CSO Projects

edited February 2008 in Lansing
Since the CSO is major ongoing project, I figured it deserves it's own forum.

Current CSO Newsletter

In the newsletter available now they show some renderings of a streetscaped Grand Ave, which really looks nice.




  • Man that's going to look weird when it's done. In a good way.
  • It's really nice to see some renderings of Grand Ave. I hope that Accident Funds sign is as big as the rendering and neon on both sides to replace the void left when the BWL signs went down.
  • Yeah, I'd hope the City would push AF to put up the signage soon -- generate some excitement and spiff the place up a bit.
  • Yes, weird in the very best way. I'm not old enough to remember Grand without the parking garage annex over the street, but it will certainly help.
  • Lots of talk lately about the CSO project and implications for a road diet on Saginaw and Oakland when it gets to there in 2010. The Northwest Initiatve's Westside Alliance has put together a promo piece that was delivered to most of the surrounding homes and businesses on Lansing's west side: http://nwlansing.org/pdf/wsa/Saginaw_Oakland_Advocacy_3_24_08.pdf

    I've seen old photographs of Oakland before the additional lanes and before it curved off to connect back to Saginaw near Big Tony's Pizza. The homes looked really nice, with sizable front yards...Now who wants to live in a house right on a four-lane one-way street (with no parking)? Last weekend I walked down Saginaw to Sawyer's Pancake house -- what a frightening experience! I've heard people talk about the crime in the area near Pine/Saginaw, but I was definitely more afraid of getting hit with a speeding car (35 must be the minimum speed limit) or road debris flying up and hitting me.

    I know Portland's had great success with road diets. What do people think - will Lansing take the chance when the CSO project comes to those streets and reduce the lanes?
  • This has been tossed around for a few years now, and I'd absolutely love to see it happen, but it sounds like from how it's being reported on in the local media it will be trashed, again. I know that our city planning director is behind the idea, but MDOT doesn't seem to be onboard, at all, and that's unfortunate. The problem has been that it's a state trunkline and managed by MDOT meaning the city can't reconstruct it without their blessing. It's going to take a serious push and initiative to sell the idea to MDOT, and I wish NW Lansing all the best, but I have my doubts that they will be able to break through. They haven't been able to before.
  • edited April 2008
    How different state Departments of Transportation can be: MDOT appears to not want anything to do with revitalizing areas yet Oregon nine years ago publishes a booklet on doing just that called "Main Street...When a Highway Runs Through It" (http://www.contextsensitivesolutions.org/content/reading/main-street/).

    Perhaps now that there aren't three GM factories down the street that people have to rush to and from to punch a clock at shift changes, MDOT will consider it.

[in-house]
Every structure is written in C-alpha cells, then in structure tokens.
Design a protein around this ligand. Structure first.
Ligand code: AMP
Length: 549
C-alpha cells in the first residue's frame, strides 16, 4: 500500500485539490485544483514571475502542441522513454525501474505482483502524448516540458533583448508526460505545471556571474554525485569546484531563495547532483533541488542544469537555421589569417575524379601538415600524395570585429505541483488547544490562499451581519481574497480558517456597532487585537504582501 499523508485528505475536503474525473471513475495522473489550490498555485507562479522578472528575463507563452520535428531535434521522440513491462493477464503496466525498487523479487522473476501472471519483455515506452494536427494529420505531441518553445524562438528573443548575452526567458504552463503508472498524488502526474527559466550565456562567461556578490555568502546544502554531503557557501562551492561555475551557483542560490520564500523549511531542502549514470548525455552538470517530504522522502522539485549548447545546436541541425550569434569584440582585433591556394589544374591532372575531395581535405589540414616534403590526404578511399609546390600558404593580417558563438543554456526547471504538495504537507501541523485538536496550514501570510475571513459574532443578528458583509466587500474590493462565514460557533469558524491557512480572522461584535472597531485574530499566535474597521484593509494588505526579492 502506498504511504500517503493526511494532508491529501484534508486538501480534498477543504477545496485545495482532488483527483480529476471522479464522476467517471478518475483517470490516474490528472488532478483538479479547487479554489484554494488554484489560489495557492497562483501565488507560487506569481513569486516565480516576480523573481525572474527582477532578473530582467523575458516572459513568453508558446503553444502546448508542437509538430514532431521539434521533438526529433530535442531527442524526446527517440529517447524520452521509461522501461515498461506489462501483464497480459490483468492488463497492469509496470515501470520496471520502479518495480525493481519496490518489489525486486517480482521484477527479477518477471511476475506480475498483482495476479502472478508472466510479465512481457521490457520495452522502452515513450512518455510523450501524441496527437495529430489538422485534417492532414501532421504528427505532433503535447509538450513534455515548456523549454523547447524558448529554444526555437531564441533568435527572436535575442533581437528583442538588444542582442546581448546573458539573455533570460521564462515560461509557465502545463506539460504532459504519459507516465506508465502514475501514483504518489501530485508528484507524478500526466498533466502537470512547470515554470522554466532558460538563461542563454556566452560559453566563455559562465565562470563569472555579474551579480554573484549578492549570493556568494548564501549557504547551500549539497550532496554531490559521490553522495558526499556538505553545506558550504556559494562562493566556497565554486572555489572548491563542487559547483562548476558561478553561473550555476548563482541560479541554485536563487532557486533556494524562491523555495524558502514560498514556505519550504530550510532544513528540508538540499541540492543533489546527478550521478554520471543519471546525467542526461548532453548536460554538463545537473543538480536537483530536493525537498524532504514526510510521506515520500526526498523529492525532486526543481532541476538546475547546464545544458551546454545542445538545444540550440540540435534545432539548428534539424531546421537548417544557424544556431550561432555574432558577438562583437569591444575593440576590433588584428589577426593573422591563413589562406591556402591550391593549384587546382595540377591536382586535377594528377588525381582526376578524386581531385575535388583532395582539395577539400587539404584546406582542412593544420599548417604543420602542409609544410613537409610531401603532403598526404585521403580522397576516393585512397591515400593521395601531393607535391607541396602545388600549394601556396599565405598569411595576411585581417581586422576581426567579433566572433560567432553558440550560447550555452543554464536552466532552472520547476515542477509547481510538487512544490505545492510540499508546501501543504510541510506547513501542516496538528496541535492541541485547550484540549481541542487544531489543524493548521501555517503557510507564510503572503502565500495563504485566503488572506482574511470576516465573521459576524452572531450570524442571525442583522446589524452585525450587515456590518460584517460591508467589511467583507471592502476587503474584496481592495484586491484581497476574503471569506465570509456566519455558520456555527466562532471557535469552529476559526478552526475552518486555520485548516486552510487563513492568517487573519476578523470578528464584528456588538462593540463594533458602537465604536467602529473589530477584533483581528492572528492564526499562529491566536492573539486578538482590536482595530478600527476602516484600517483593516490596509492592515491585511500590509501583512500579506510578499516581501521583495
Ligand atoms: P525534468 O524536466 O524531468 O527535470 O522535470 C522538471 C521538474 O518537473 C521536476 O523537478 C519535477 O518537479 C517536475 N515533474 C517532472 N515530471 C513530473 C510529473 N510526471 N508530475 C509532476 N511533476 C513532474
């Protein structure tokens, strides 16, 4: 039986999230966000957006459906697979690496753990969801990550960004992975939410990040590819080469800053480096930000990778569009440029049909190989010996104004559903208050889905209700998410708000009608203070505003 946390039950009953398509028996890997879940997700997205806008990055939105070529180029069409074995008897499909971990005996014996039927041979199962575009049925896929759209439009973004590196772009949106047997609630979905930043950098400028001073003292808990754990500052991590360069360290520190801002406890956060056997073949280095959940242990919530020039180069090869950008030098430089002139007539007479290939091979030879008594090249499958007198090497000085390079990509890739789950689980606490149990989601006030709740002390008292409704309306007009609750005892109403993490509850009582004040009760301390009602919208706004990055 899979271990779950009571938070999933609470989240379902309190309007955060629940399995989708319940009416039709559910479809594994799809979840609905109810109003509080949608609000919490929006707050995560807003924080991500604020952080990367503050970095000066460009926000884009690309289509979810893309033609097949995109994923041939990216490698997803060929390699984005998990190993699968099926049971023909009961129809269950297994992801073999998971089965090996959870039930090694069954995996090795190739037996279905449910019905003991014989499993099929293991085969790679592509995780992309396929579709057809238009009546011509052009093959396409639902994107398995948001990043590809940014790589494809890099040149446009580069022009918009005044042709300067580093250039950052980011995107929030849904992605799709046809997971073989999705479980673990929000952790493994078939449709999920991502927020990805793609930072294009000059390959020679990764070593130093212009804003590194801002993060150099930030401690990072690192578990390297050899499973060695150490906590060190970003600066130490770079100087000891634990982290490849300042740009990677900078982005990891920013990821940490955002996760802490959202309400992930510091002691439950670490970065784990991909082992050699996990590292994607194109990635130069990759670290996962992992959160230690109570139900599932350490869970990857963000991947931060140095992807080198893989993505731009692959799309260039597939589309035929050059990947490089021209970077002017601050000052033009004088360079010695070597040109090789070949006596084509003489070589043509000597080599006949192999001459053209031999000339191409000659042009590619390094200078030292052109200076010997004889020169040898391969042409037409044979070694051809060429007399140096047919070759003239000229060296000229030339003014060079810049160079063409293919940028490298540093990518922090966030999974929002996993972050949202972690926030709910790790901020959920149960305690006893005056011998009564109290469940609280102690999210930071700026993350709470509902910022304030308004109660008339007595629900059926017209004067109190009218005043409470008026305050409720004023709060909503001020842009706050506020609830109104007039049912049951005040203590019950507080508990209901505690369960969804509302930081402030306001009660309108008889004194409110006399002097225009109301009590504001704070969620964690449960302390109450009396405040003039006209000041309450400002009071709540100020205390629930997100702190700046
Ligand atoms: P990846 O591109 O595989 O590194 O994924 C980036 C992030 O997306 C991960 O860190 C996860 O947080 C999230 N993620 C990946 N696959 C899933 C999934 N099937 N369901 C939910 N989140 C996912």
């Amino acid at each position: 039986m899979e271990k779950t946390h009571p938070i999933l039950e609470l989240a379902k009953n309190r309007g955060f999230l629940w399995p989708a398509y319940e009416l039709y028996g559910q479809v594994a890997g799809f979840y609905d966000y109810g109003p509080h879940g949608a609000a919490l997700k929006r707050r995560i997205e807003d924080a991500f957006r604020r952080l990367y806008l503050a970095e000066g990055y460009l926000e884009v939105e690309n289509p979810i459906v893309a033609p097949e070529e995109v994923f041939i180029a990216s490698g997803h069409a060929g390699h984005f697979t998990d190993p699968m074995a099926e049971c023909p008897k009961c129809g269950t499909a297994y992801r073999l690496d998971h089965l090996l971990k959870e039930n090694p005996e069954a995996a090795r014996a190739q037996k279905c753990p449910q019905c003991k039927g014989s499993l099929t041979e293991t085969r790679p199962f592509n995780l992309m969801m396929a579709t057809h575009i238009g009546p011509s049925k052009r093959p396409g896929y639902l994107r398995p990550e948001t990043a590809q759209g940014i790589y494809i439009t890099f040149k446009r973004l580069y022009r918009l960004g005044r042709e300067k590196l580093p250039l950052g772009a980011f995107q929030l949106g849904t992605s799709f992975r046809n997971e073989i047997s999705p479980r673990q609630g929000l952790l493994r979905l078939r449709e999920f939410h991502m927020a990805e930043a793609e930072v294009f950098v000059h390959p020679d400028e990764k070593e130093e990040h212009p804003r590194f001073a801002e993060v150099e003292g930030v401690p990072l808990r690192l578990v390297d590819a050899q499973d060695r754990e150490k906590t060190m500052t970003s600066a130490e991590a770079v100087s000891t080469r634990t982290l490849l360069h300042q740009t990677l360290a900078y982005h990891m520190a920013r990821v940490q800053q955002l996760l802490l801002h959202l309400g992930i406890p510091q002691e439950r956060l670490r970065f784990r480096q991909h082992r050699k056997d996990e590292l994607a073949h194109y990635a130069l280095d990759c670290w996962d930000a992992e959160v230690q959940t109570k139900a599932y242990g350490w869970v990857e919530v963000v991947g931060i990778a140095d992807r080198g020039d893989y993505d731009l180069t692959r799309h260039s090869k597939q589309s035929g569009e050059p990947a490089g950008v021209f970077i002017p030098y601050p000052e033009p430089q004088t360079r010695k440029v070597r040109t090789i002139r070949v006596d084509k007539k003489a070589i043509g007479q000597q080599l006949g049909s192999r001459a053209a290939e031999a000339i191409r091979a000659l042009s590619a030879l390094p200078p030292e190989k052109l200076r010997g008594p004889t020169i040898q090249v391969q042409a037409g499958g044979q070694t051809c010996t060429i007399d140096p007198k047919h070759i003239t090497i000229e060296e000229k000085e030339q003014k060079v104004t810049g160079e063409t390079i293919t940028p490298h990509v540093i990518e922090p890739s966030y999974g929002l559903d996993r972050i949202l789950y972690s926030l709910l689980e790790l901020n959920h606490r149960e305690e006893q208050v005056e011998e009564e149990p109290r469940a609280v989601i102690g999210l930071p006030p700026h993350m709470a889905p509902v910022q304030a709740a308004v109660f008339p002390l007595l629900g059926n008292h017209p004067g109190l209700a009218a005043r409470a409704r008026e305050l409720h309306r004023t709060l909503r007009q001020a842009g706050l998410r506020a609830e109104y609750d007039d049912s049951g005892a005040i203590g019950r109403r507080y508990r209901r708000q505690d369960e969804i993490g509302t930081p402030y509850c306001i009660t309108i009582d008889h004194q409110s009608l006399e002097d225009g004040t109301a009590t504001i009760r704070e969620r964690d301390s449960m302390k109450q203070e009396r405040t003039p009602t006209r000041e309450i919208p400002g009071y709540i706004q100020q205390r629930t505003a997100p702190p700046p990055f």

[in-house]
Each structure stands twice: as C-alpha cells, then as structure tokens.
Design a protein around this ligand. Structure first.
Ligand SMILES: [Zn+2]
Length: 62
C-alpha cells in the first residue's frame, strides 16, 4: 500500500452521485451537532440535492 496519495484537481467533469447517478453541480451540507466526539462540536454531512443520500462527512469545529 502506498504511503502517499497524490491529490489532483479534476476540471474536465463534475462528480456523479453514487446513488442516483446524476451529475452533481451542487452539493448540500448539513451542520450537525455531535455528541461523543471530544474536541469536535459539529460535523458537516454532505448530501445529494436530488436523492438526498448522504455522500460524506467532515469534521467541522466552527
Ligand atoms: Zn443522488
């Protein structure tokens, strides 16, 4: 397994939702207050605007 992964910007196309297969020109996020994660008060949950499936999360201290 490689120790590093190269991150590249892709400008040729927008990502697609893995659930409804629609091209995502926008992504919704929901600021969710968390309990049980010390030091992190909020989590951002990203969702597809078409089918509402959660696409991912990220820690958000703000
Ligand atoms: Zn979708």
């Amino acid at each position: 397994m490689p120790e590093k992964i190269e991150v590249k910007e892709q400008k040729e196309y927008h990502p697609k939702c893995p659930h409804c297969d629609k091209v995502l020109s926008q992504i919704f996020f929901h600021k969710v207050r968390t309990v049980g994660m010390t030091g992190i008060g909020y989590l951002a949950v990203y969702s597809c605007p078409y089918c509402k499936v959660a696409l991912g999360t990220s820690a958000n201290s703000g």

I recognize that Saginaw/Oakland is a state trunkline and gets its fair share of traffic, but it's got at least double the lane counts of I-496, which I'm sure gets more traffic.
  • Saginaw/Oakland has been obsolete for years, now. I don't think the traffic patterns have justified the amount of lanes Saginaw has had for decades, now. It doesn't just not make sense from an urban planning perspective, but from a traffic perspective, I'd think. You'd think that be enough for them to at least seriously consider the plan. From what I heard on the news MDOT effectively shot down the idea before it was even formally brought up again by saying something to the extent of "it'll need a lot more studying before it would be feasible." People have been studying this for years. lol Perhaps, we need to launch an email campaign to our local MDOT official (who I still have to find out who it is). It's going to take other ways outside of the conventional route to even get this on the radar.
  • They could probably convert both Oakland and Saginaw to 3/4/5 lane 2-way roads. Maybe make Saginaw a 5 lane 2-way, since it's closer to both downtown and Frandor business districts, and convert Oakland into a 3/4 lane 2-way road to serve the surrounding neighborhoods. Oakland especially is almost always empty.
  • Isn't Saginaw already 5 lanes? Simply changing it to two way is not enough, IMO.

    That said, the plan I do remember seeing in the City Pulse some years back did have the street remaining the same size but simply converting it two two ways using the further left and right lanes for one-street parking to slow down traffic even further. This also totally took out most of Oakland through much of the westside turning it into a linear green-space. That sounded a bit extreme, but there are so many possibilities, ANY of which would be better than what we have, now. Growing up in the very area where all four of these one-way streets met, I can tell you it's absolutely terrible what it does to the neighborhood.
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